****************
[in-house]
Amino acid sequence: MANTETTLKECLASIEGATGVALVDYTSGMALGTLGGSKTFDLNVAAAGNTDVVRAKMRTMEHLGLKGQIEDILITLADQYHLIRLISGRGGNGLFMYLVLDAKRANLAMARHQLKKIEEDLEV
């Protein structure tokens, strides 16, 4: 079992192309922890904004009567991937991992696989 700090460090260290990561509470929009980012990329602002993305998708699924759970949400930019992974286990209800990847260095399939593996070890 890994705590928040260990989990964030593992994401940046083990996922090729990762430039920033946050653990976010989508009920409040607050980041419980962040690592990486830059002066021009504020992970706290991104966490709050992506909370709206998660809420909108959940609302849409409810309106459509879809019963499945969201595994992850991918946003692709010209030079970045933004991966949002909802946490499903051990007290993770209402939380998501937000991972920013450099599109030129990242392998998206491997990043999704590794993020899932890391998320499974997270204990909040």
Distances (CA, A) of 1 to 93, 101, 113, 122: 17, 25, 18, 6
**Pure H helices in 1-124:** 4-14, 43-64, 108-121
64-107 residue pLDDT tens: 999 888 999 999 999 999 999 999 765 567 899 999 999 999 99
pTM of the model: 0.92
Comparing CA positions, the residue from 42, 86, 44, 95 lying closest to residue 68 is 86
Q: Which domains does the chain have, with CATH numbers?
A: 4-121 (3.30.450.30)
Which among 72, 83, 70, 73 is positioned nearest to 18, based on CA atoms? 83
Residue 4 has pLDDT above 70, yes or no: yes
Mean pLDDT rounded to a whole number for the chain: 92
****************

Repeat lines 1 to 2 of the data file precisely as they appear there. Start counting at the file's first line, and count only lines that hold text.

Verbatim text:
[in-house]
Amino acid sequence: MANTETTLKECLASIEGATGVALVDYTSGMALGTLGGSKTFDLNVAAAGNTDVVRAKMRTMEHLGLKGQIEDILITLADQYHLIRLISGRGGNGLFMYLVLDAKRANLAMARHQLKKIEEDLEV